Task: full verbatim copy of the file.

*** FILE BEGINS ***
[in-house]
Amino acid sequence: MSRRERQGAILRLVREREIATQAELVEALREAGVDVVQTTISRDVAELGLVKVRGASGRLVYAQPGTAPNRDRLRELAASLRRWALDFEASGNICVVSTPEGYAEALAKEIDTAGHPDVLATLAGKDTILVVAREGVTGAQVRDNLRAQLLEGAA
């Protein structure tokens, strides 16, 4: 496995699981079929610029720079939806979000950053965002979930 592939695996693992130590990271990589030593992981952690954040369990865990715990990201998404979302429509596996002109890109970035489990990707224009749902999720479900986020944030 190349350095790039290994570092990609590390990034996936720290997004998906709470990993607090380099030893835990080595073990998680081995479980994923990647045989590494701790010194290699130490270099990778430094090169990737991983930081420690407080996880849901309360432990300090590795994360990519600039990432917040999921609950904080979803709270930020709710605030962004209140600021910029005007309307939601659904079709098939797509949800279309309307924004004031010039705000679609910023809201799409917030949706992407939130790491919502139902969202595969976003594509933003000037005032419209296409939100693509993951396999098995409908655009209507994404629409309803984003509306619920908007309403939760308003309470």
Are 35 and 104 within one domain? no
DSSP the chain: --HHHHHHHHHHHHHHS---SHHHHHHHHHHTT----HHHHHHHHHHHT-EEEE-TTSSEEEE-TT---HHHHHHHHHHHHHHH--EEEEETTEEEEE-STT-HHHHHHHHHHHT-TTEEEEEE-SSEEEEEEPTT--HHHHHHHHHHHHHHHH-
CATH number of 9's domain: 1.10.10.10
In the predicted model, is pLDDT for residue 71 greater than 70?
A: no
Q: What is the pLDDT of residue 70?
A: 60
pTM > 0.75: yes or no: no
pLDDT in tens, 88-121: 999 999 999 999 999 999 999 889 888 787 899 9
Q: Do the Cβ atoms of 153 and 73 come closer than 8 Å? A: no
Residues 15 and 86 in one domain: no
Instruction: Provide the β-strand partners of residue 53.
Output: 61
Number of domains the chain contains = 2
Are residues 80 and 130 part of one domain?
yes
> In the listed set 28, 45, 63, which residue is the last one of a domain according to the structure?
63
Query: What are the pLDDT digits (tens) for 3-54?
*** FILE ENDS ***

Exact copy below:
[in-house]
Amino acid sequence: MSRRERQGAILRLVREREIATQAELVEALREAGVDVVQTTISRDVAELGLVKVRGASGRLVYAQPGTAPNRDRLRELAASLRRWALDFEASGNICVVSTPEGYAEALAKEIDTAGHPDVLATLAGKDTILVVAREGVTGAQVRDNLRAQLLEGAA
């Protein structure tokens, strides 16, 4: 496995699981079929610029720079939806979000950053965002979930 592939695996693992130590990271990589030593992981952690954040369990865990715990990201998404979302429509596996002109890109970035489990990707224009749902999720479900986020944030 190349350095790039290994570092990609590390990034996936720290997004998906709470990993607090380099030893835990080595073990998680081995479980994923990647045989590494701790010194290699130490270099990778430094090169990737991983930081420690407080996880849901309360432990300090590795994360990519600039990432917040999921609950904080979803709270930020709710605030962004209140600021910029005007309307939601659904079709098939797509949800279309309307924004004031010039705000679609910023809201799409917030949706992407939130790491919502139902969202595969976003594509933003000037005032419209296409939100693509993951396999098995409908655009209507994404629409309803984003509306619920908007309403939760308003309470």
Are 35 and 104 within one domain? no
DSSP the chain: --HHHHHHHHHHHHHHS---SHHHHHHHHHHTT----HHHHHHHHHHHT-EEEE-TTSSEEEE-TT---HHHHHHHHHHHHHHH--EEEEETTEEEEE-STT-HHHHHHHHHHHT-TTEEEEEE-SSEEEEEEPTT--HHHHHHHHHHHHHHHH-
CATH number of 9's domain: 1.10.10.10
In the predicted model, is pLDDT for residue 71 greater than 70?
A: no
Q: What is the pLDDT of residue 70?
A: 60
pTM > 0.75: yes or no: no
pLDDT in tens, 88-121: 999 999 999 999 999 999 999 889 888 787 899 9
Q: Do the Cβ atoms of 153 and 73 come closer than 8 Å? A: no
Residues 15 and 86 in one domain: no
Instruction: Provide the β-strand partners of residue 53.
Output: 61
Number of domains the chain contains = 2
Are residues 80 and 130 part of one domain?
yes
> In the listed set 28, 45, 63, which residue is the last one of a domain according to the structure?
63
Query: What are the pLDDT digits (tens) for 3-54?